- There's more caffeine in my coffee than in the coffee you get in most places.
- To a greater degree or extent. [from 10th c.]
- He walks more in the morning these days.
- (now poetic) In negative constructions: any further, any longer; any more. [from 10th c.]
- â€‹ Used alone to form the comparative form of adjectives and adverbs. [from 13th c.]
- You're more beautiful than I ever imagined.
- 1898, Winston Churchill, chapter 5, The Celebrity:
- Then we relapsed into a discomfited silence, and wished we were anywhere else. But Miss Thorn relieved the situation by laughing aloud, and with such a hearty enjoyment that instead of getting angry and more mortified we began to laugh ourselves, and instantly felt better.
- 2013 July-August, Henry Petroski, â€œGeothermal Energyâ€, American Scientist, volume 101, number 4:â€Š
- Ancient nomads, wishing to ward off the evening chill and enjoy a meal around a campfire, had to collect wood and then spend time and effort coaxing the heat of friction out from between sticks to kindle a flame. With more settled people, animals were harnessed to capstans or caged in treadmills to turn grist into meal.
- (now dialectal or humorous) Used in addition to an inflected comparative form. (Standard until the 18th century.) [from 13th c.]
- No more than a disagreement from a friend.
From Middle English more, from Old English mÄra (â€œmoreâ€), from Proto-Germanic *maizÃ´ (â€œmoreâ€), from Proto-Indo-European *mÄ“- (â€œmanyâ€). Cognate with Scots mair (â€œmoreâ€), West Frisian mear (â€œmoreâ€), Dutch meer (â€œmoreâ€), Low German mehr (â€œmoreâ€), German mehr (â€œmoreâ€), Danish mere (â€œmoreâ€), Swedish mera (â€œmoreâ€), Icelandic meiri, meira (â€œmoreâ€).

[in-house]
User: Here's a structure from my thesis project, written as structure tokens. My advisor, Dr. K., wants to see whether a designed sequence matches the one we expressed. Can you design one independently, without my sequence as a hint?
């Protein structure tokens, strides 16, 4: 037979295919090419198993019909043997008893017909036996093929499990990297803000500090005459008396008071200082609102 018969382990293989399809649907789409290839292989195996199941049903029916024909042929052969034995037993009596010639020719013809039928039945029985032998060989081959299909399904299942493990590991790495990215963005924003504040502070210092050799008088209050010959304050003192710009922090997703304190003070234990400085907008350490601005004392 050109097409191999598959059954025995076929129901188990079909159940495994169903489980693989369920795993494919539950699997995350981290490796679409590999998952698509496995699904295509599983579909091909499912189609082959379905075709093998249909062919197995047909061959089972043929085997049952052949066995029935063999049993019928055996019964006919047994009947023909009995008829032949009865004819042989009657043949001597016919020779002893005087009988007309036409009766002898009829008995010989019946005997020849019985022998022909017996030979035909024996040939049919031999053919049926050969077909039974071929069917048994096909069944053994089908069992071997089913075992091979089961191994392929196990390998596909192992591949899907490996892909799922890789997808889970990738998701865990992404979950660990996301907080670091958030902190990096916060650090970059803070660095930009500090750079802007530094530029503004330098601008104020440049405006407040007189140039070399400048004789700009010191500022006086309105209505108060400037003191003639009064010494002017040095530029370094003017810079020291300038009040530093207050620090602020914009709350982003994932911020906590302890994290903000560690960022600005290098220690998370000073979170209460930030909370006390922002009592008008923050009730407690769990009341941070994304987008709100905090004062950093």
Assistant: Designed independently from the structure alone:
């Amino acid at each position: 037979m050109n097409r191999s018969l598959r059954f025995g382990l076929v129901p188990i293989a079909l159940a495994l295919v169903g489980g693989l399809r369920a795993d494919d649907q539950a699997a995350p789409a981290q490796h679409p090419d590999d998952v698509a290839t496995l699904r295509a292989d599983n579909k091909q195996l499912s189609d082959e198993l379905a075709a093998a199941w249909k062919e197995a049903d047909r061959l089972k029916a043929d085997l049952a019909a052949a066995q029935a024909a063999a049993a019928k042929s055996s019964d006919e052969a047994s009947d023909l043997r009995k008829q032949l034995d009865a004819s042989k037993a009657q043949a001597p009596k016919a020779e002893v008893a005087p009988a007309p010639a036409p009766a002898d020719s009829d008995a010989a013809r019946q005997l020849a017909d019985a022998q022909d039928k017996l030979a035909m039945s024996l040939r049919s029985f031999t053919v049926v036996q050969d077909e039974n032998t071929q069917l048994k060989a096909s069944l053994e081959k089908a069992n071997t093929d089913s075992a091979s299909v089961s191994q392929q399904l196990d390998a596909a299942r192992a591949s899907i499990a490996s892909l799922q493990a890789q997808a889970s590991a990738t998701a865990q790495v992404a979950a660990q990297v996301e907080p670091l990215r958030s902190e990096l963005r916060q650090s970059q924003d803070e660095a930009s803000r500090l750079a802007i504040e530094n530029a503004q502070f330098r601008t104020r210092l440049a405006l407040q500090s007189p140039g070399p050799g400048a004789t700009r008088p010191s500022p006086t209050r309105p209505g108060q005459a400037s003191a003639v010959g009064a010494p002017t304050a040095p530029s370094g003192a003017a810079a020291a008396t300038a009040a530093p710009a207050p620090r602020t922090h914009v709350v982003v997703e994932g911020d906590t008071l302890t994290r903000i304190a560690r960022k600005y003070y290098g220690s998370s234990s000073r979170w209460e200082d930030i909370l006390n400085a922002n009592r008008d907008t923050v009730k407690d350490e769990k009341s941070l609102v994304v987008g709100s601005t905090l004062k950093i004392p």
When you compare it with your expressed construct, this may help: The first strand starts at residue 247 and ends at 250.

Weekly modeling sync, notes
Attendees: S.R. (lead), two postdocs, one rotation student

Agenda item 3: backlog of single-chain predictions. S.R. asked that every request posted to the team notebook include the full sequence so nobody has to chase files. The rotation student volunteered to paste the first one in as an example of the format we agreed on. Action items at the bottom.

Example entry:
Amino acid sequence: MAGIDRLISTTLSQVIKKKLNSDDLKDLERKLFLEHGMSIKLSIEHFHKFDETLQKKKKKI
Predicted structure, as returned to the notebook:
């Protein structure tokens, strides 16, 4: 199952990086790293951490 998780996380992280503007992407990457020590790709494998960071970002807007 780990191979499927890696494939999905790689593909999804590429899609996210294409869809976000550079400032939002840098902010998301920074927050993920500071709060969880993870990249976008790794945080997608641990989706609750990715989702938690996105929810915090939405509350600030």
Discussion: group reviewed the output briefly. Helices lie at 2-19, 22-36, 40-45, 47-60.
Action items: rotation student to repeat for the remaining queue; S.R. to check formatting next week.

From Middle English more, moore (â€œcarrot, parsnipâ€) from Old English more, moru (â€œcarrot, parsnipâ€) from Proto-Germanic *murhÅ(n), *murhijÅ(n) (â€œcarrotâ€), from Proto-Indo-European *mork- (â€œedible herb, tuberâ€). Akin to Old Saxon moraha (â€œcarrotâ€), Old High German morha, moraha (â€œroot of a plant or treeâ€) (German MÃ¶hre (â€œcarrotâ€), Morchel (â€œmushroom, morelâ€)). More at morel.
(third-person singular simple present mores, present participle moring, simple past and past participle mored)
- To root up.
From Middle English moren, from the noun. See above.
- The Volta-Congo language of the Mossi people, mainly spoken in part of Burkina Faso.
- A surnameâ€‹.
From Scottish Gaelic mÃ³r (â€œbigâ€). Also a variant of Moore.
- (archaic) Used to form a comparative of certain adjectives and adverbs, usually ending in -er.
- Used for placenames
- No longer productive in contemporary English except archaically.
From Middle English -more
Variant of many
- consisting of some large, indefinite number (of persons or things); numerous
- relatively numerous (preceded by as, too, etc.)
Origin of manyMiddle English ; from Old English manig, akin to German manch (OHG manag) ; from Indo-European base an unverified form menegh-, many, richly from source Sanskrit maghā-, gift, Old Irish menicc, abundant
a good many
a great many
be (one) too many for
- a finite but unspecified number of: works so many hours a week
- some number of: acting like so many children
- the majority of people
- the masses